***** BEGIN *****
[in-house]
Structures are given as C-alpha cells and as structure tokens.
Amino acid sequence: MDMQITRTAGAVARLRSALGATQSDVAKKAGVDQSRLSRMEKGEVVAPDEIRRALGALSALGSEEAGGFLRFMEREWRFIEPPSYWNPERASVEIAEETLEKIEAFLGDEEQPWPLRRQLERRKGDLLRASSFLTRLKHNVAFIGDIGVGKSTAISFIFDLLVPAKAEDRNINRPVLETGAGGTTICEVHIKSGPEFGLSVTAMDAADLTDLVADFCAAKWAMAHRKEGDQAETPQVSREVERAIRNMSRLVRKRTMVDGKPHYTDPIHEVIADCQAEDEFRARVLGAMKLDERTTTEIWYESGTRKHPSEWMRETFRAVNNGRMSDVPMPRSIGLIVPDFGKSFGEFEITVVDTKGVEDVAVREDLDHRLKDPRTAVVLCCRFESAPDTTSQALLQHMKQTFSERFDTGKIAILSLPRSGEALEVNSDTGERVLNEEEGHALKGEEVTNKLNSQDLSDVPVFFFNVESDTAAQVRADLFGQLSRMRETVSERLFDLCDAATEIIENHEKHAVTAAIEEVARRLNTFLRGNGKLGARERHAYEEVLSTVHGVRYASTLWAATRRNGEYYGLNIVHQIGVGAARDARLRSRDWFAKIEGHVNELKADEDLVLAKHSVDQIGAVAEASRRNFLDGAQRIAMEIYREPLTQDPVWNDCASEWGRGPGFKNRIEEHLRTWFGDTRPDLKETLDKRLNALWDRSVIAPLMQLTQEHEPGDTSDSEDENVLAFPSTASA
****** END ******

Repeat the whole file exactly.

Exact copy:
[in-house]
Structures are given as C-alpha cells and as structure tokens.
Amino acid sequence: MDMQITRTAGAVARLRSALGATQSDVAKKAGVDQSRLSRMEKGEVVAPDEIRRALGALSALGSEEAGGFLRFMEREWRFIEPPSYWNPERASVEIAEETLEKIEAFLGDEEQPWPLRRQLERRKGDLLRASSFLTRLKHNVAFIGDIGVGKSTAISFIFDLLVPAKAEDRNINRPVLETGAGGTTICEVHIKSGPEFGLSVTAMDAADLTDLVADFCAAKWAMAHRKEGDQAETPQVSREVERAIRNMSRLVRKRTMVDGKPHYTDPIHEVIADCQAEDEFRARVLGAMKLDERTTTEIWYESGTRKHPSEWMRETFRAVNNGRMSDVPMPRSIGLIVPDFGKSFGEFEITVVDTKGVEDVAVREDLDHRLKDPRTAVVLCCRFESAPDTTSQALLQHMKQTFSERFDTGKIAILSLPRSGEALEVNSDTGERVLNEEEGHALKGEEVTNKLNSQDLSDVPVFFFNVESDTAAQVRADLFGQLSRMRETVSERLFDLCDAATEIIENHEKHAVTAAIEEVARRLNTFLRGNGKLGARERHAYEEVLSTVHGVRYASTLWAATRRNGEYYGLNIVHQIGVGAARDARLRSRDWFAKIEGHVNELKADEDLVLAKHSVDQIGAVAEASRRNFLDGAQRIAMEIYREPLTQDPVWNDCASEWGRGPGFKNRIEEHLRTWFGDTRPDLKETLDKRLNALWDRSVIAPLMQLTQEHEPGDTSDSEDENVLAFPSTASA